When They Know TIK TOK And Not Google Doc: Strategies for Engaging Digitally Foreign Learners
Presenters: Keith Burgess, Jimmeka Anderson, and Amanda Clapp

Since COVID-19, have you had challenges getting your students to engage in remote learning, even when the technology is provided? While many students are digitally active through entertainment or social media, some are not accustomed to using technology in academic and informative ways outside of school. This population has been identified as digitally foreign learners. In this webinar, participants will learn about a project that addressed these challenges and take away some strategies to implement in their classroom.

PAMLE This webinar was offered in partnership with the Pennsylvania Association for Middle Level Education to provide participants with Act 48 continuing professional education credit.

Keith Burgess
Keith Burgess is a middle grades science instructor at Druid Hills Academy in Charlotte, NC. He is also a doctoral student in the Urban Education program at UNC-Charlotte where his research focuses on benefits of STEM career exposure for middle grades students. Mr. Burgess has been a part of a number of distinguished fellowships including the Kenan Fellowship for Teacher Leadership sponsored by NC State University, Visiting Doctoral Scholars fellowship sponsored by University of Vermont, and Charlotte Teacher Institute fellowship. He has shared his expertise in the field of middle school education during presentations at both national and international conferences. In addition to presenting best practices for middle grades education during conference presentations, Mr. Burgess has also done education consulting with organizations on a local, state and national level.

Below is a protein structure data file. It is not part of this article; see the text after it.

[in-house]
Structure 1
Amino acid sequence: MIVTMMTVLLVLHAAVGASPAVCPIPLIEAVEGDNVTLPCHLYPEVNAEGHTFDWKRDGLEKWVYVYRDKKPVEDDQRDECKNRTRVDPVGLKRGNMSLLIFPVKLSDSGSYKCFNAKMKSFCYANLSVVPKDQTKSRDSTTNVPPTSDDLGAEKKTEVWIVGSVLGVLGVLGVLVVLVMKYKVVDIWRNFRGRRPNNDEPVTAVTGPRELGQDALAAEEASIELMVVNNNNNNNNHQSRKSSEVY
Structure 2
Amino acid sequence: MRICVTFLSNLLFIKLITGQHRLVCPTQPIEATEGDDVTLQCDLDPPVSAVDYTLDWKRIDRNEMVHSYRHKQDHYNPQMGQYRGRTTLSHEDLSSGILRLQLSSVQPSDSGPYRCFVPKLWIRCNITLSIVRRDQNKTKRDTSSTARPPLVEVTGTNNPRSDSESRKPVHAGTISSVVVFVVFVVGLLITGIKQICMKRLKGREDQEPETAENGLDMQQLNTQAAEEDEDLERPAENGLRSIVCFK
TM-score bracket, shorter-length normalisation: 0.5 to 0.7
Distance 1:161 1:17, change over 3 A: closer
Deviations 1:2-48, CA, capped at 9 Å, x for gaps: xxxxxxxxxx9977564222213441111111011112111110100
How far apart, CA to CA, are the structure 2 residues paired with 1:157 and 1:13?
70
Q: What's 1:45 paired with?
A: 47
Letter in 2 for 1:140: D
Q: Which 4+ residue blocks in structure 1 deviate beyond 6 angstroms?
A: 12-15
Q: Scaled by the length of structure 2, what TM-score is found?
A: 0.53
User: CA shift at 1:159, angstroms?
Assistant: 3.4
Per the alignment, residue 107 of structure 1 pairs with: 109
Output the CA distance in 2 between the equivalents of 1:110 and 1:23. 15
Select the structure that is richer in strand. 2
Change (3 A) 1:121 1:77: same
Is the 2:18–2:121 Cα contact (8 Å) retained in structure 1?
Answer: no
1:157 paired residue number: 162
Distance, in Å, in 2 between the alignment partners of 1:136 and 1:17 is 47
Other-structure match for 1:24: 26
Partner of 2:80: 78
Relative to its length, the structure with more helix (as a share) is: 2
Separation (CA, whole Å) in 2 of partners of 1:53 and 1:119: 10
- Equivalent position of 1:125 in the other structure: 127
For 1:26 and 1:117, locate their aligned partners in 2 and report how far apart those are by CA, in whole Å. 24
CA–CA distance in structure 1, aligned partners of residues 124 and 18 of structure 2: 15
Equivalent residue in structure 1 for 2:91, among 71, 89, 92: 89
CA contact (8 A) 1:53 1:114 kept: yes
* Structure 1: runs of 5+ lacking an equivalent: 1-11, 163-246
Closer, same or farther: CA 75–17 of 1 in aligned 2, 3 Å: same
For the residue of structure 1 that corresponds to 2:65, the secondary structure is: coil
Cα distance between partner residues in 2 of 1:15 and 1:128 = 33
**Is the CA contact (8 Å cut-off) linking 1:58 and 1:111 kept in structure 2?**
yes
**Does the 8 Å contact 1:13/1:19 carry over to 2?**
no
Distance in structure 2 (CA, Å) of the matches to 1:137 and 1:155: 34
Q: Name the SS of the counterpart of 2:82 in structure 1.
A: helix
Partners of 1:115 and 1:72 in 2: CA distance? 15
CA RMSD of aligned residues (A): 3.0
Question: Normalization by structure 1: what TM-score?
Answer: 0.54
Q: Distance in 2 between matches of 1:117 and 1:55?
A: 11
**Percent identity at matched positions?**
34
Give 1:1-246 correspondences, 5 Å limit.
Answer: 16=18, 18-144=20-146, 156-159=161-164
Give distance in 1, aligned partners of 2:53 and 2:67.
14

Jimmeka Anderson
Jimmeka Anderson is a Ph.D. student in the Curriculum and Instruction Urban Education program at the University of North Carolina at Charlotte. Her research interests include critical digital media literacy education and she has immersed her professional development efforts in focusing on technology inequity among historically marginalized students. She received her master's degree in Educational Media with a focus on New Media Literacies at Appalachian State University. While serving as the Founder and Executive Director of I AM not the MEdia, Inc. for nine years, she has developed curriculum and award-winning community programs that empower youth through media literacy and media creation. Additionally, Jimmeka is the Chapter Lead for North Carolina for Media Literacy Now, the creator of the Teen Media Literacy Conference in Charlotte, NC, and has served in several leadership advisory roles with the National Association of Media Literacy Education (NAMLE), American Education Research Association (AERA), and American Library Association (ALA). Prior to pursuing her Ph.D. degree, Jimmeka worked as a Library Outreach Coordinator for ten years at Charlotte Mecklenburg Library and for the past three years has served as a Course Instructor with the Carolina School of Broadcasting. Outside of her professional pursuits, Jimmeka enjoys watching Disney movies and traveling with her eleven-year-old daughter Whitney.
Amanda Clapp
Amanda Clapp, MA is a national board-certified middle school science teacher in rural North Carolina. She works at The Catamount School, an NC lab school run by Western Carolina University, where she also teaches science methods to middle grades majors. She has worked as district director for the NC Science Teachers Association, and she was a Kenan Fellow and a state finalist for the Presidential Award for Excellence in Science Teaching. She uses project-based learning and her classroom gets really noisy